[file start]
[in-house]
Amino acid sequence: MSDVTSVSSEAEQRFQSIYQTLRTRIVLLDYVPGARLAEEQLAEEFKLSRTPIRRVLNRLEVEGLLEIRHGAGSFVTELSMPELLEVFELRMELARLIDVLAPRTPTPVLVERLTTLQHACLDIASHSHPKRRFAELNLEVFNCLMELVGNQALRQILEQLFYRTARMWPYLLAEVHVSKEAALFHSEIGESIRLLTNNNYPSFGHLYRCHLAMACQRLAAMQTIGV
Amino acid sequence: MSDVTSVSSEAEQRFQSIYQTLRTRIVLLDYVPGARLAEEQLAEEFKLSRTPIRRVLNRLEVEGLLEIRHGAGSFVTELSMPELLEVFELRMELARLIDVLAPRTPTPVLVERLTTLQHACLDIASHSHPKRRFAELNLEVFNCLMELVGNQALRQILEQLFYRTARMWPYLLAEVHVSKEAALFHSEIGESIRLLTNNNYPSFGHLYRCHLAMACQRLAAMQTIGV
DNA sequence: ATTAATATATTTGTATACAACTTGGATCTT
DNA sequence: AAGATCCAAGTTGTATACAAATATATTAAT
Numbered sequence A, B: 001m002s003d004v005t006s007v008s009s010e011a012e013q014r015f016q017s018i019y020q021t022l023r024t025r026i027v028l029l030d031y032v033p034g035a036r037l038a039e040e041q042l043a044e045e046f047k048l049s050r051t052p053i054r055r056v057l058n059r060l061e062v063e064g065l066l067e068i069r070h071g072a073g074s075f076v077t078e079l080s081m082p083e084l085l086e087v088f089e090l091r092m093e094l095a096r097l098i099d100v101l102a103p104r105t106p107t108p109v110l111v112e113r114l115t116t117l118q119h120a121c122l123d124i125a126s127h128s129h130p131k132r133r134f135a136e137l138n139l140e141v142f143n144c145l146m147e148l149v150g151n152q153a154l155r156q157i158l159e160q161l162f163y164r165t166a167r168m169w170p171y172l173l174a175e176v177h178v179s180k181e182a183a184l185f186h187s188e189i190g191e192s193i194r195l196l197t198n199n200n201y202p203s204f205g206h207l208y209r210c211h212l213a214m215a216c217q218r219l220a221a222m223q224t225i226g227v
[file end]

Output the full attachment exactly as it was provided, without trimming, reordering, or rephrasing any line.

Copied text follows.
[in-house]
Amino acid sequence: MSDVTSVSSEAEQRFQSIYQTLRTRIVLLDYVPGARLAEEQLAEEFKLSRTPIRRVLNRLEVEGLLEIRHGAGSFVTELSMPELLEVFELRMELARLIDVLAPRTPTPVLVERLTTLQHACLDIASHSHPKRRFAELNLEVFNCLMELVGNQALRQILEQLFYRTARMWPYLLAEVHVSKEAALFHSEIGESIRLLTNNNYPSFGHLYRCHLAMACQRLAAMQTIGV
Amino acid sequence: MSDVTSVSSEAEQRFQSIYQTLRTRIVLLDYVPGARLAEEQLAEEFKLSRTPIRRVLNRLEVEGLLEIRHGAGSFVTELSMPELLEVFELRMELARLIDVLAPRTPTPVLVERLTTLQHACLDIASHSHPKRRFAELNLEVFNCLMELVGNQALRQILEQLFYRTARMWPYLLAEVHVSKEAALFHSEIGESIRLLTNNNYPSFGHLYRCHLAMACQRLAAMQTIGV
DNA sequence: ATTAATATATTTGTATACAACTTGGATCTT
DNA sequence: AAGATCCAAGTTGTATACAAATATATTAAT
Numbered sequence A, B: 001m002s003d004v005t006s007v008s009s010e011a012e013q014r015f016q017s018i019y020q021t022l023r024t025r026i027v028l029l030d031y032v033p034g035a036r037l038a039e040e041q042l043a044e045e046f047k048l049s050r051t052p053i054r055r056v057l058n059r060l061e062v063e064g065l066l067e068i069r070h071g072a073g074s075f076v077t078e079l080s081m082p083e084l085l086e087v088f089e090l091r092m093e094l095a096r097l098i099d100v101l102a103p104r105t106p107t108p109v110l111v112e113r114l115t116t117l118q119h120a121c122l123d124i125a126s127h128s129h130p131k132r133r134f135a136e137l138n139l140e141v142f143n144c145l146m147e148l149v150g151n152q153a154l155r156q157i158l159e160q161l162f163y164r165t166a167r168m169w170p171y172l173l174a175e176v177h178v179s180k181e182a183a184l185f186h187s188e189i190g191e192s193i194r195l196l197t198n199n200n201y202p203s204f205g206h207l208y209r210c211h212l213a214m215a216c217q218r219l220a221a222m223q224t225i226g227v